WPS 003: The Power of Wix - The Advantages of Having Wix in Your Arsenal with Matt Cici
Hosted by Cathy Sirvatka
SHOW NOTES & TRANSCRIPT
Have you ever considered using Wix as your website development tool?
Maybe you’ve thought Wix isn’t a viable tool for true professional web designers. Perhaps you’ve selected another CMS platform and you’re sticking with it because of the time, energy, blood, sweat and tears you’ve put into it to become proficient.
I get it. Up until 2010, I was still using Dreamweaver and creating HTML websites. Working with a CMS was a whole different animal, and I really didn’t understand the concept. I knew I had to make the switch but didn’t know which one to pick. At that time, the most talked about platforms were Joomla, Drupal and WordPress. I got a book called Joomla for Dummies and my goodness it was a thick book! I really stressed about my choice, and ultimately I picked WordPress and I’m so glad I did. It’s a big deal to consider learning a new platform either to replace your methods now, or to add to your toolkit.
Today there are a ton of CMS’s to consider especially if you’re just starting out in web design. If you’re like I was, trying to find the easiest platform to get started with, so you may be consider Wix.
Now there are certainly a lot of opinions out there about Wix. Some people love it and some hate it, but listen to these stats:
- WordPress has the largest website market share of CMS websites at just over 64% globally.
- Wix comes in at 3rd place after Shopify with just 3.7% of websites globally. And while that sounds like a really small number it equates to over 110 million websites worldwide.
Those statistics come from W3Techs.com.
Wix has been through many evolutions since it came out in 2006. It got carried a bad reputation for a long time because of its early years using the Flash editor.
But flash forward, they now use their own development tool called Editor X. This fairly new editor breaks down the walls developers and designers used to hit when trying to create sites. Enough so, that you may want to take a second look at it.
Today I’m talking with Matt Cici who is a web designer and Community Leader for Wix, with expertise in Editor X. He's designed programming and created curriculum for international film festivals and Apple's popular Today at Apple, educating millions in communities worldwide. Matt is using these same strategies to create A Creative Community for values-based entrepreneurs looking to start and grow their online business.
Matt Cici is a web designer and Community Leader for Wix, Editor X, and Velo. He's designed programming and created curriculum for international film festivals and Apple's popular Today at Apple, educating millions in communities worldwide. Matt is using these same strategies to create A Creative Community for values-based entrepreneurs looking to start and grow their online business.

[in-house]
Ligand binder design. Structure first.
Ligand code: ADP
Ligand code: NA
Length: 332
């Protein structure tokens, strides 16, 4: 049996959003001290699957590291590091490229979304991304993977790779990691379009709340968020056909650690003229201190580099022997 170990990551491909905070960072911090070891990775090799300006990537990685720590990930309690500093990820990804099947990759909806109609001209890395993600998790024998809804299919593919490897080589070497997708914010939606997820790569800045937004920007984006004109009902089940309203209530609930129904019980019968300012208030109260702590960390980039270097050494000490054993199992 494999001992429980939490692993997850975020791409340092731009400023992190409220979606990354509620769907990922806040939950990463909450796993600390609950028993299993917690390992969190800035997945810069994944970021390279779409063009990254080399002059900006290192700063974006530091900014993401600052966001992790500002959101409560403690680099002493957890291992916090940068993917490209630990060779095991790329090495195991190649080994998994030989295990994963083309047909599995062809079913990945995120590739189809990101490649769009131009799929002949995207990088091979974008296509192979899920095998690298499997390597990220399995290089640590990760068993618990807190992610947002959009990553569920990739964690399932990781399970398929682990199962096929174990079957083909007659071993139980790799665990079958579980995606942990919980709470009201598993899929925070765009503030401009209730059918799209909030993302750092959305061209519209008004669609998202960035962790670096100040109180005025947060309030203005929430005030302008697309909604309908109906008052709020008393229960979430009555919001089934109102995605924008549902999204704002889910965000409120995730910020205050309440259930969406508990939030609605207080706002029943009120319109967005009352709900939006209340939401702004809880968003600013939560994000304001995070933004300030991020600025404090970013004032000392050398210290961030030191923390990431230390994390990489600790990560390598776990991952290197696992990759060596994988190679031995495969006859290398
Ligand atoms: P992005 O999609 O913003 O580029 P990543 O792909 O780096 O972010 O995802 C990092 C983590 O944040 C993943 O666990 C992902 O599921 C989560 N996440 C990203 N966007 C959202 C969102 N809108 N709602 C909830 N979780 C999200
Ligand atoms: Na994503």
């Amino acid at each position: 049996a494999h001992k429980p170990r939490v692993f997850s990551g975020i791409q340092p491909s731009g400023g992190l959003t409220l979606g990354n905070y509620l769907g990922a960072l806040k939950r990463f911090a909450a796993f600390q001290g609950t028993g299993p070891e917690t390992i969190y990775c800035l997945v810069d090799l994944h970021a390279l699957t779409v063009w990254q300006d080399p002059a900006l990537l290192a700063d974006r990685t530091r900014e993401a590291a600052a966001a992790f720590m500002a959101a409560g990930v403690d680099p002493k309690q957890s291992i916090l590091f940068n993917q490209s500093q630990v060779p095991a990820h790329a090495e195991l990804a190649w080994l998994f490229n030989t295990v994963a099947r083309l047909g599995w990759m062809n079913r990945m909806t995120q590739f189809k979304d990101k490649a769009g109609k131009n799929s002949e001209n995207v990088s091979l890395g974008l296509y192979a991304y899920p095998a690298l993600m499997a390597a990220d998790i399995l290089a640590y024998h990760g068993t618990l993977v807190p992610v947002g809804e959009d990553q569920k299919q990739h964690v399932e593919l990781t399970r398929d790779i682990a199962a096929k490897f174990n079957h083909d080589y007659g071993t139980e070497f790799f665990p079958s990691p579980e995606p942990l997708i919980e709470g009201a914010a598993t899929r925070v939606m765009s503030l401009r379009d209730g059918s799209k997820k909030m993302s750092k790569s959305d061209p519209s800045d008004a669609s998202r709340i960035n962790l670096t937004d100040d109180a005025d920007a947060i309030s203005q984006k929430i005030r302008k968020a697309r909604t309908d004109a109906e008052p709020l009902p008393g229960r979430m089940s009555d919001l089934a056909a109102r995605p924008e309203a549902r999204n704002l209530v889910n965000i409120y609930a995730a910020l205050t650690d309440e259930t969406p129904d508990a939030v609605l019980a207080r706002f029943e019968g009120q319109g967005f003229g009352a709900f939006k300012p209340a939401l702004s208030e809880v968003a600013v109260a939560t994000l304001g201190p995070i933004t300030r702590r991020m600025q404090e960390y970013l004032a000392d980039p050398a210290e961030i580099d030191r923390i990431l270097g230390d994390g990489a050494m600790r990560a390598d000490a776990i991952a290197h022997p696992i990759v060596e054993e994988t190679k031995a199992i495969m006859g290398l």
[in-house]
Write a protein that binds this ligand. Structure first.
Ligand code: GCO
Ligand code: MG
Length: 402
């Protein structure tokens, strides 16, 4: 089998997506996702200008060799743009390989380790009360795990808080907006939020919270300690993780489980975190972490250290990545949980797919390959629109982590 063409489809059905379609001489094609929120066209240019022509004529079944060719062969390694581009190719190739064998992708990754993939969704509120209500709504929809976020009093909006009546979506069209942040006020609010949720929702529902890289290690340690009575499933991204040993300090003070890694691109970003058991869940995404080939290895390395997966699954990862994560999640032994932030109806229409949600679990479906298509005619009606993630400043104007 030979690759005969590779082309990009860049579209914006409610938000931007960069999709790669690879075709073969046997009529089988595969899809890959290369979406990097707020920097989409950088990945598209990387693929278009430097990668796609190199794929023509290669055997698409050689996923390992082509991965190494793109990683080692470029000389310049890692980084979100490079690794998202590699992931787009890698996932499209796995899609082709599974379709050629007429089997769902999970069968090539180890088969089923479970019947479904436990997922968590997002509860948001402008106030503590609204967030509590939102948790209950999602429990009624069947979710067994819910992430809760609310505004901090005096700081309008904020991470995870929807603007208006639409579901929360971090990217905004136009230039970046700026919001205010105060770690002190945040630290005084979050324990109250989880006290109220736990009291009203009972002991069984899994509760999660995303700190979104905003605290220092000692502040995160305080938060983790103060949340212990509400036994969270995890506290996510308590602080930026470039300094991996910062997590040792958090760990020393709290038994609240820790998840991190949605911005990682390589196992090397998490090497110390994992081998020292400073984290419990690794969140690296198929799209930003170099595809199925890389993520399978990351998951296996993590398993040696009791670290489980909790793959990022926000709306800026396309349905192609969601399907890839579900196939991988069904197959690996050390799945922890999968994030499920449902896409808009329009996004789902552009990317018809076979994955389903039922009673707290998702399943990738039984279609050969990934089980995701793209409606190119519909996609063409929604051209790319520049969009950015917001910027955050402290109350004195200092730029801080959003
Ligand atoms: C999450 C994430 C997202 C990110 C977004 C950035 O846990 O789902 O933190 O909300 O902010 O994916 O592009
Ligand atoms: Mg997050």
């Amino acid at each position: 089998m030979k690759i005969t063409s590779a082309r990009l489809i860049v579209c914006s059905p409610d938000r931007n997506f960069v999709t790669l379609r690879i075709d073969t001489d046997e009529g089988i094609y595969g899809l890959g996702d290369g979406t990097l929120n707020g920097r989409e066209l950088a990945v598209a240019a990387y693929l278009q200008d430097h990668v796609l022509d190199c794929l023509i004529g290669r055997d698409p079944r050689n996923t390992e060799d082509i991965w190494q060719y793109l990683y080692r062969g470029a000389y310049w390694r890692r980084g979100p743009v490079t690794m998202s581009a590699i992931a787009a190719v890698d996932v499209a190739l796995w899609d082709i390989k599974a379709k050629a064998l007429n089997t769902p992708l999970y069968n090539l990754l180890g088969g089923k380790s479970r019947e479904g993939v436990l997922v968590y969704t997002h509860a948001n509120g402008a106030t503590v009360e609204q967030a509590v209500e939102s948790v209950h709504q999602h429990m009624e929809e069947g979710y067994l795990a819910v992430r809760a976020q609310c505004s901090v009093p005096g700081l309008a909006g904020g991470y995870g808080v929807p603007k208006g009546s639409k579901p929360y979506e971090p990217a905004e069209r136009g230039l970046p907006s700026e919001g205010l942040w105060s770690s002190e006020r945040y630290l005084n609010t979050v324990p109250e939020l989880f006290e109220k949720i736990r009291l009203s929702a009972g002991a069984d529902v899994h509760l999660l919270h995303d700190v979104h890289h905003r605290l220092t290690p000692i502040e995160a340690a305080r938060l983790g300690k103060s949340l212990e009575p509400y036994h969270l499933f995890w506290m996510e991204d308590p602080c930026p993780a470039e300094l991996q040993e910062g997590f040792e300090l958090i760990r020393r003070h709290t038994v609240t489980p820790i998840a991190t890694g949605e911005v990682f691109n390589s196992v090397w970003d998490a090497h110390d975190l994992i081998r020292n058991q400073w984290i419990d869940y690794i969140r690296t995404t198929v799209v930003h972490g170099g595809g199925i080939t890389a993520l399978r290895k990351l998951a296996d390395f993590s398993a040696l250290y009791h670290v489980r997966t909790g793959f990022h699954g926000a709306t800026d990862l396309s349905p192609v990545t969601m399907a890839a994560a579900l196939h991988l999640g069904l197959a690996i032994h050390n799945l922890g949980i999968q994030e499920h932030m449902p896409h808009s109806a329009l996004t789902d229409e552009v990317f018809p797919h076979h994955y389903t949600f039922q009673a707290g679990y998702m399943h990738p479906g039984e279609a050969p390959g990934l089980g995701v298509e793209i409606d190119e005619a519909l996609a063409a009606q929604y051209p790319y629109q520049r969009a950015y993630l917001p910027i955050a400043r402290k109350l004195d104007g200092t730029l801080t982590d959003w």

LINKS MENTIONED IN THIS EPISODE
Cathy: Hey Matt, thanks for joining me today.
Matt: Yeah, thanks for having me.
Cathy: So that was some impressive stuff in your bio. You have worked with apple at film festivals. Can you just go ahead and give us a sense of. How you got into your career, maybe, maybe the path that you took and what you exactly do today.
Matt: Yeah, absolutely. So I have kind of a mixed medley of a background. I would say I started making films pretty much in my sort of high school to college and. Just found a passion for filmmaking creating shorts made my first feature when I was a senior at my college and kind of pursued that path, all the while, you know, what will lead to us to this kind of later discussion is building websites is I would make a, a website for the films that I was working on either for other filmmakers or for myself and then I just really enjoyed the process of making movies and I wanted to create a sort of educational path for other people that were interested in making film to join me. So I would create different like education programs, as a part of the film production, bringing people on set, going to schools to talk about the productions themselves.
And I it was so much fun and I found it to be really inspiring to allow people to learn, you know, what that production process is like. And honestly, I always wished that I had that sort of resource but it became really challenging because , each film I'd kind of have to start over, find an audience, go to, you know, new schools.
And so I decided to create an education program for a local festival, in my city and kind of have that be the home base, for education programming. So I was able to, to build that program and I've worked with several other film festivals across the us to help them with their educational programs and just really found a passion for, you know, education.
But as you know, in the art world, it's not the easiest thing to, to, to make a living from. So I was, you know, waiting tables on the side and then I found the ability or the opportunity, I guess you could say to work for apple. And so I was teaching. At apple as a creative pro and creating curriculum that would happen in their actual stores, worldwide training employees on, you know, using the software, working with customers, things like that.
And I really enjoyed that sort of facilitation type education and making films. But again, all this time, I was like making a website one or two every year. And then the pandemic. Came and you know, everything I knew with film kind of shut down the stores that I was working at shut down. And so I just decided to like turn on my computer and start to see if that would be something that I could create on, a job through, but also help small businesses.
Cuz most of the places I was working restaurants nonprofits, they were. Facing huge circumstances to like survive through the pandemic. So that first week of like how everything shut down, I reached out to maybe 20 or 30 different local businesses asking, Hey, can I just make you a website? So you can take orders online through the pandemic to help you survive.